Inside each of our teeth is a small space that extends down the roots of the tooth and is called the dental pulp. A healthy dental pulp provides the tooth with nutrients and nerve supply. If the pulp becomes infected or injured, the nerve can become so damaged that it dies. Root canal treatment is used in these situations to clean out the dead pulp so that the tooth can be saved.
This illustration shows the steps involved in performing a root canal. The dental pulp is infected inflammation and pain. An abscess forms at the base of the pulp . Once at our office the area is numbed and prepared for the procedure.
A small access hole is drilled through the biting surface of the affected tooth, allowing access to the pulp chamber.
The diseased and dead pulp tissue is removed from the tooth with specially designed instruments used to clean out the root canals and pulp chamber. This is not painful the area is numb and the tissue being removed is either dead or dying. Once the pulp, along with the nerves contained in it, is removed, the tooth itself can no longer feel pain. The canals are disinfected and prepared for the next step.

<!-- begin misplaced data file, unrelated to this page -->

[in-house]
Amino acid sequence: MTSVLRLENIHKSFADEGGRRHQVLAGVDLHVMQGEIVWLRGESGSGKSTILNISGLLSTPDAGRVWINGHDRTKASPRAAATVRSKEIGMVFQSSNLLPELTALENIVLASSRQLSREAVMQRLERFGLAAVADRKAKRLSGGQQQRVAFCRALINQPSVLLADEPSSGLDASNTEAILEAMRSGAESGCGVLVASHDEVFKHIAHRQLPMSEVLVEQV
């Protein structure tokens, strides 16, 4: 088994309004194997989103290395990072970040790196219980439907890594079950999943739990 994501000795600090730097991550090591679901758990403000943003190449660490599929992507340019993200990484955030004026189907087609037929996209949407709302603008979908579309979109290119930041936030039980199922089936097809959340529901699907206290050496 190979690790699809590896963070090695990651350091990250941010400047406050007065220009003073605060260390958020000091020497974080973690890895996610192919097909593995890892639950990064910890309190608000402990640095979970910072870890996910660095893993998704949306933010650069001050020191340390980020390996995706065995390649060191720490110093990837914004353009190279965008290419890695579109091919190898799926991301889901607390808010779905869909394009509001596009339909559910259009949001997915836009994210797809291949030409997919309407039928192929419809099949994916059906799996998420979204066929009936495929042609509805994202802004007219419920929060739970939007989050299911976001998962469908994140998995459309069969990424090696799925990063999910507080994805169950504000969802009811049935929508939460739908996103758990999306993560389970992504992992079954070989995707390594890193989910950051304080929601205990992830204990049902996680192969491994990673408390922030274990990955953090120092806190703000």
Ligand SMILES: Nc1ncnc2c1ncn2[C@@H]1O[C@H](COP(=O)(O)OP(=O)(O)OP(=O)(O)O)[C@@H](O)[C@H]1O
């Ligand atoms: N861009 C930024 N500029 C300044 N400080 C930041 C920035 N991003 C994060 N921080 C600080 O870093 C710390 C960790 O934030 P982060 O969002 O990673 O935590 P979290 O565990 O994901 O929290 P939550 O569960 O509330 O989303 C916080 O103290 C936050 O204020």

The canals are then shaped with tiny flexible instruments to allow them to receive root canal fillings and sealers. The canals are washed and cleaned again to remove root canal debris prior to sealing them. Usually a rubber-like material is used to fill the canal space. It is a thermoplastic material which is heated and then compressed into and against the walls of the root canals to seal them. Sealing the canals is critically important to prevent them from becoming reinfected with bacteria.
Once complete a filling material will then be placed to seal the access hole that was made to treat the canals completing the treatment